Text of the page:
1. You did not explain why you want to publish there since there are so many good research journals. I can hardly see your motivation.

  2. AMM can publish hard results, but only if they are of substantial general interest and only if the proofs are short and not too difficult to follow. I have seen new proofs of classical and rather difficult theorems. One of my favorite is:

A. Dold, Simple Proof of the Jordan-Alexander Complement Theorem The American Mathematical Monthly 100 (1993), 856-857.

  1. Unless as a part of your research you proved something very elegant and of general interest, something that can be explained in a detailed manner in a few pages, your result will not qualify for AMM. What you think about your result does not really matter. It has to be appreciated by others.

  2. Publications in AMM will rarely be regarded as original. Most of the papers give another look at the material that is known already.

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    $\begingroup$ "Original" is rather flexible, I find. Often papers give new proofs of known results, so in this case the originality is of a different kind. Of course, there are also papers that are more like a really good survey of a known result. FWIW, I have a paper to appear in AMM that contains a new, though hardly earth-shattering, result about a known object. $\endgroup$ Oct 1 '20 at 12:48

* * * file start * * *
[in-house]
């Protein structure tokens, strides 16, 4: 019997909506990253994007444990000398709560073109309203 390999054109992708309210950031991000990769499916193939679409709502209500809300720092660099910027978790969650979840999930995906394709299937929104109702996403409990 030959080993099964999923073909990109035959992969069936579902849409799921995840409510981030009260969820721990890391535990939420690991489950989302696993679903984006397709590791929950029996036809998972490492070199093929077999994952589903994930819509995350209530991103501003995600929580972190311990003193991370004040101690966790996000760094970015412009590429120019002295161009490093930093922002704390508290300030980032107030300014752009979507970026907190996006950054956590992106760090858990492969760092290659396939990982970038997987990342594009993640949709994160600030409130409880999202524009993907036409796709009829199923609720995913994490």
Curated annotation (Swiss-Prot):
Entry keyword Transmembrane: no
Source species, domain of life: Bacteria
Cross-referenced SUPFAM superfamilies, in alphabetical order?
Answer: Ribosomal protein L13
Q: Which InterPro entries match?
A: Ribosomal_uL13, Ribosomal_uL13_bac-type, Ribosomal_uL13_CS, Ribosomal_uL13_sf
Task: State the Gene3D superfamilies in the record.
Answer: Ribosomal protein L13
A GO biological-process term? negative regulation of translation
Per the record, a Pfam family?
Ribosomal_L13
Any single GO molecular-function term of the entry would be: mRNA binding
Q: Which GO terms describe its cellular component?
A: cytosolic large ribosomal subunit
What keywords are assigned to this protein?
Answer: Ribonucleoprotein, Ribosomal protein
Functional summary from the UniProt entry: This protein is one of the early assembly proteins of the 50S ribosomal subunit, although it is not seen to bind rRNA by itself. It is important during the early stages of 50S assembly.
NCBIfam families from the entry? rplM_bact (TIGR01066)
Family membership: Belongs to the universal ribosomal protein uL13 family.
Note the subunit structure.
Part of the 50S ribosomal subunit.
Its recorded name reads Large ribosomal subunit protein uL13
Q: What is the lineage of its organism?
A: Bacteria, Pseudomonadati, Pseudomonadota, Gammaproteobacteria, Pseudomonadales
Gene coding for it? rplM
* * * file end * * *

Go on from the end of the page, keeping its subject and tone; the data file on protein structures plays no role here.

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    $\begingroup$ I love Dold's little paper, which came to my mind too. In two pages, he proves a much stronger theorem than standard texts on algebraic topology like Hatcher's. I use this in our course for first year graduate students. $\endgroup$ Oct 1 '20 at 14:18
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    $\begingroup$ thanks, my motivation to submit there was repeated rejections from several subject specific journals. So I thought AMM may have a good chance of acceptance, but after reading your answer, I now see it as fruitless $\endgroup$
    – vidyarthi
    Oct 1 '20 at 15:22
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    $\begingroup$ @vidyarthi : It isn't easier to get published in the AMM than in other journals. In fact the rejection rate is rather high. Some people think of the AMM as a "journal of minor research results" but that is not accurate. $\endgroup$ Oct 1 '20 at 21:03

Definitely they publish serious research. For example, this paper

MR0379852 L. Zalcman, A heuristic principle in complex function theory. Amer. Math. Monthly 82 (1975), no. 8, 813–817

has 175 citations as recorded on Mathscinet. (And 351 on Google Scholar). And many other such examples can be given. As I understand their criterion is that the paper is a) of sufficient interest to the broad audience, and b) does not require much background. There are plenty of serious research papers satisfying both criteria.